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L-arginine supplementation of milk liquid or dry diets fed to pigs after weaning has a positive effect on production in the first three weeks after weaning at 21 days of age

Liquid feeding piglets after waning with L-arginine supplemented milk have a positive impact on piglet performance.
Friday 4 June 2010 (7 years 10 months 20 days ago)
Dietary requirement for arginine (ARG) is high in young pigs due to its role as nitrogen (N) carrier in tissue proteins and its key role in gastrointestinal growth and development. However, the post-weaning period is associated with low and irregular intake of dry feed. An effective way to increase dry matter (DM) intake after weaning is to offer milk liquid diets such that ARG added to a milk liquid diet could be a more efficacious means of increasing ARG intake compared with addition to a dry diet. In this regard, we tested the hypothesis that dietary supplementation with ARG will increase performance of pigs after weaning. The specific aims of the study were to compare the effects of ARG added to a milk liquid or dry diet on production indices and, second, to measure levels of circulating urea and AA as a preliminary means to elucidate possible mechanisms of action.

A total of 48, 21-day-old weaned pigs, was used in a 2×2 factorial arrangement of treatments with the factors being diet type (milk liquid replacer vs. dry feed) and l-arginine (ARG) supplementation (0 vs. 6 g ARG/kg) to test the hypothesis that dietary supplementation with ARG would increase performance of pigs after weaning. Pigs were fed the experimental diets for 10 d (days) after weaning and then transitioned over a 3-d period to a dry Phase II diet fed in meal form devoid of supplemental ARG. The study ended at d 21. There were five replicates (pens) per treatment (a total of 12 pigs per treatment). Blood samples were collected from two pigs per replicate on d 7 and 16 of the experiment, and free amino acids (AA) and plasma urea nitrogen (PUN) levels analysed.

Milk-fed pigs outperformed (P<0.001) dry-fed pigs for the first 10 d of the experiment as well as for the total 21-d period. At d 7, milk-fed pigs had higher (P<0.05) levels of most free indispensable and dispensable amino acids in their plasma. In both the milk-fed and dry-fed pigs supplemented with ARG, average daily feed intake (ADFI, P<0.05) and average daily gain (ADG, P<0.05) were increased during the dietary transition period (d 11–14), when pigs were being changed to the Phase II diet. The difference in production in the transition period caused a tendency for ARG-supplemented pigs to eat more feed (P<0.1) and grow faster (P<0.5) over the 21-d experimental period. Pigs supplemented with ARG had higher plasma ARG levels (P<0.05) at d 7 after weaning and lower plasma urea levels (P<0.05) at both d 7 and 16 after weaning.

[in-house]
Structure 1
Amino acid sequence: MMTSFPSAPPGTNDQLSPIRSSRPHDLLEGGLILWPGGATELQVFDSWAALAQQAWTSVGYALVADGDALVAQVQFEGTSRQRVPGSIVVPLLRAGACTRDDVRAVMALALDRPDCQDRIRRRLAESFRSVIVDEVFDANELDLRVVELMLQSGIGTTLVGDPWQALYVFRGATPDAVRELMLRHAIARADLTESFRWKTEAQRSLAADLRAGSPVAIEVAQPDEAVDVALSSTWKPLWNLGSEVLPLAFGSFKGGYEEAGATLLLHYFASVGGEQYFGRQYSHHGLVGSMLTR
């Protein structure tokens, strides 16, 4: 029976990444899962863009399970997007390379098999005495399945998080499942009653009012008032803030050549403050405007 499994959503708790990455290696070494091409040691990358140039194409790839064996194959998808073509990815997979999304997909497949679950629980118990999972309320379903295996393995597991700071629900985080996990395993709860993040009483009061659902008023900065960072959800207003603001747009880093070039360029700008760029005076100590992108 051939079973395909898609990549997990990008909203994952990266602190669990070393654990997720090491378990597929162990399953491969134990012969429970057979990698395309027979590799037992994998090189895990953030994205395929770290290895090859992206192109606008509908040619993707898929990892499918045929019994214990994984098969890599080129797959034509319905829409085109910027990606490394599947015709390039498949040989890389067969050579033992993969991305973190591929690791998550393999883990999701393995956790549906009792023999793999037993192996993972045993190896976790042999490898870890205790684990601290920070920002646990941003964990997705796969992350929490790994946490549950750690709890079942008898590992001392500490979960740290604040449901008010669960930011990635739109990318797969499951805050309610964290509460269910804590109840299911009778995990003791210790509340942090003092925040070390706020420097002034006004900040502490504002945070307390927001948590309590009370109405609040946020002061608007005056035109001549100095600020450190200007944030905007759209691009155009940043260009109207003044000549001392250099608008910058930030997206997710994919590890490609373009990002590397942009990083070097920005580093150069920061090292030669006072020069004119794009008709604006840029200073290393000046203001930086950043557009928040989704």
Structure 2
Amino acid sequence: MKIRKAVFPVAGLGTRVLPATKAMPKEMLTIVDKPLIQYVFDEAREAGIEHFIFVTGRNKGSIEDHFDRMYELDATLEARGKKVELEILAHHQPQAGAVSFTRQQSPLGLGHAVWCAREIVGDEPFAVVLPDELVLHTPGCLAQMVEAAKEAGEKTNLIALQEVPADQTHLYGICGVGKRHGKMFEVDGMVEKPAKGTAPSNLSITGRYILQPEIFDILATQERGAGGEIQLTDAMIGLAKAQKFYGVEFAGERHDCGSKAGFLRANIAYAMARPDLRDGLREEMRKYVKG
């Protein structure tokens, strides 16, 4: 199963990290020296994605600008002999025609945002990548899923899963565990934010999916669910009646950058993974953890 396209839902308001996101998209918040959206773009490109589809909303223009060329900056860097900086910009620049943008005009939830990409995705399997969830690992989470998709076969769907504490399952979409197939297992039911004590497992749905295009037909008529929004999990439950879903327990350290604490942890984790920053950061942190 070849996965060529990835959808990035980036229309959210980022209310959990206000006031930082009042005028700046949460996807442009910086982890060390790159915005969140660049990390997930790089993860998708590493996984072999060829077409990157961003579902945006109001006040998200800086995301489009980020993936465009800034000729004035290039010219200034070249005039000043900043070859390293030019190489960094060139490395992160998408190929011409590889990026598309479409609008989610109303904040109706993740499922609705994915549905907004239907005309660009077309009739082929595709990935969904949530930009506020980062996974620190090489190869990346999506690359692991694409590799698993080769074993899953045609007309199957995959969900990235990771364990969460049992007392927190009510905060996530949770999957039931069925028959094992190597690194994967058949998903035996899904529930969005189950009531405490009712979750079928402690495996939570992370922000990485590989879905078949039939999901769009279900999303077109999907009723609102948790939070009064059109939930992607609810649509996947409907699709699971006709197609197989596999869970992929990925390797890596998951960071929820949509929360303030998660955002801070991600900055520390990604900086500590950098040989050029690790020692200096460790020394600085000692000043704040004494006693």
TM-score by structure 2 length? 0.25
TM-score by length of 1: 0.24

These data show the benefits of feeding a milk liquid diet as well as of ARG supplementation after weaning on production indices.

A Hernandez, CF Hansen, BP Mullan, JR Pluske, 2009, Animal Feed Science and Technology 154:102–111.

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c.langerwerf07-Jun-2010 (7 years 10 months 17 days ago)

what were the levels fed in the controle group. This outcome can be dued to a defficient feed in the controle group

SNiBA16-Jun-2010 (7 years 10 months 8 days ago)

The present study showed that milk-fed pigs consumed more DM, grew faster, and had a better FCR than dry-fed pigs during the first 10 d post-weaning. According to the authors, on d 0–6, 8 and 9, milk-fed pigs had a higher DM intake compared to dry-fed pigs. From days 2 to 6 post-weaning the average DM intake ranged between 200 and 225 g/day.

According to the requirements purposed by the NRC (1998), total dietary ARG for pigs weighing 5–10 kg is about 2.7 g/d, in a pig eating 500 g/d (or 0.054 g ARG/100 g feed intake). Authors reported that piglets fed dry-fed diets consumed on average 1.68 g ARG/d (at an intake of ≈155 g/d, which is equivalent to 1.08 g ARG/100 g intake) or 2.68 g/d (at an intake of ≈176 g/d, which is equivalent to 1.52 g ARG/100 g intake) for the control and ARG suplemented diets, respectively, during the first phase (d 1 until 10 post- weaning). Piglets fed the milk based diet in relation to daily ARG intake were higher.

Authors suggest that dry- and milk-fed piglets were not limiting in daily ARG intake for growth, however, presumely the use of ARG above pig requirements may play a positive effect on gastrointestinal tract function.

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